India’s fishing industry is close to reaching saturation point.
The study by the Central Marine Fisheries Research Institute (CMFRI) has revealed that fish catch surged six times, from 0.6 million tons (mt) in 1961 to 3.53mt in 2010 – not far from the maximum potential of 4.4mt annually.
The contribution of mechanised boats increased from 15.3% of overall fish landings in 1961 to 76.2% in 2010, while it decreased from 84.7% to 3.7% for non-motorised boats. In 2010, trawlers used 35.58 million fishing hours with catch rate of 44.4kg per hour; thereby contributing 71.1% to the CO2 emission in the mechanised sub-sector.
On a global scale, fish catch has reached stagnation point at around 90mt since 1995.
At present, the CO2 emission intensity of India’s fishing industry is about 40% lower than global standards.
“The emissions are low but that is largely because our fishing boats are smaller compared to elsewhere in the world. However, through regulations and implementation of fuel efficiency norms for fishing vessels, there is scope for reducing CO2 emission in India,” said E Vivekanandan, principal investigator and emeritus scientist, CMFRI, Chennai.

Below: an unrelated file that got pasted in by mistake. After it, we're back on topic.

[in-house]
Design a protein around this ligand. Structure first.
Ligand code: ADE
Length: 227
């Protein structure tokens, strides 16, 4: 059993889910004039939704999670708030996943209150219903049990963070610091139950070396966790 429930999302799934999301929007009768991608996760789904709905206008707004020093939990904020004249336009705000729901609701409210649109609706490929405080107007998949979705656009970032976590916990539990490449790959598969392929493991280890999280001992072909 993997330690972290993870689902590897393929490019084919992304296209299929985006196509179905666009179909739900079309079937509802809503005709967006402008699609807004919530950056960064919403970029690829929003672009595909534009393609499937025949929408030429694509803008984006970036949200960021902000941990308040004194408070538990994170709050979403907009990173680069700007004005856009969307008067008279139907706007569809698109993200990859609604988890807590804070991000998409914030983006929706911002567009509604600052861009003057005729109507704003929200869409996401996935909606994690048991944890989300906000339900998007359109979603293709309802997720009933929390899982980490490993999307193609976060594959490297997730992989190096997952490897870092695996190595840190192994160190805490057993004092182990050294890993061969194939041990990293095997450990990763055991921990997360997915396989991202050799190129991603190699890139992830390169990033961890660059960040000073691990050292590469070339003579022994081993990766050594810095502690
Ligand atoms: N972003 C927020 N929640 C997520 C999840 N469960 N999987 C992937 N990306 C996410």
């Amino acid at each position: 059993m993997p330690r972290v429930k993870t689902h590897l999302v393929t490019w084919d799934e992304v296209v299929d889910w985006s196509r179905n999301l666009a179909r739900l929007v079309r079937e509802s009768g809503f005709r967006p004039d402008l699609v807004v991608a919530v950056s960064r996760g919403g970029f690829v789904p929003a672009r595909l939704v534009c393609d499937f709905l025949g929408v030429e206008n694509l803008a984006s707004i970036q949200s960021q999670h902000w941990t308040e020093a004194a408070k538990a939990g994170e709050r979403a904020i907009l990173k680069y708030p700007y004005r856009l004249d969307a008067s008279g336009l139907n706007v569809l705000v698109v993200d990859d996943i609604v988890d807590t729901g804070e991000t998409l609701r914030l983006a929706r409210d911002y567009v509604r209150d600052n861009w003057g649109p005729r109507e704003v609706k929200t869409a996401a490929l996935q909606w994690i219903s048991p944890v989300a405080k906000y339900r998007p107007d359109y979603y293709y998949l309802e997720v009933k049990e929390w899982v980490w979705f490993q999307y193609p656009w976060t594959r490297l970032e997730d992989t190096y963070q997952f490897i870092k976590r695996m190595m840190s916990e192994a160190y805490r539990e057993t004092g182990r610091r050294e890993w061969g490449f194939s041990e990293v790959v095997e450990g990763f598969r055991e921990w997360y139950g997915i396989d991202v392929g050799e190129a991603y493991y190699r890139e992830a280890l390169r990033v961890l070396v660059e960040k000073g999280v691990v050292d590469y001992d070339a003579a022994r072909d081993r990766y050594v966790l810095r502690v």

According to the paper, i ncrease i n fuel consumption directly increases fishing cost and price of fish. “Fuel cost accounts for 50–54% of operating cost of mechanised boats, and 36–44% for motorised boats17. A majority of fish types is becoming unaffordable due to increasing fishing cost,” states the paper.
“There i s no i mmediate threat of depletion, but we need to take precautionary measures to control fish catch. Some regulations by the state and central government are in existence, but fishing needs to be further regulated to increase sustainability,” Vivekanandan said.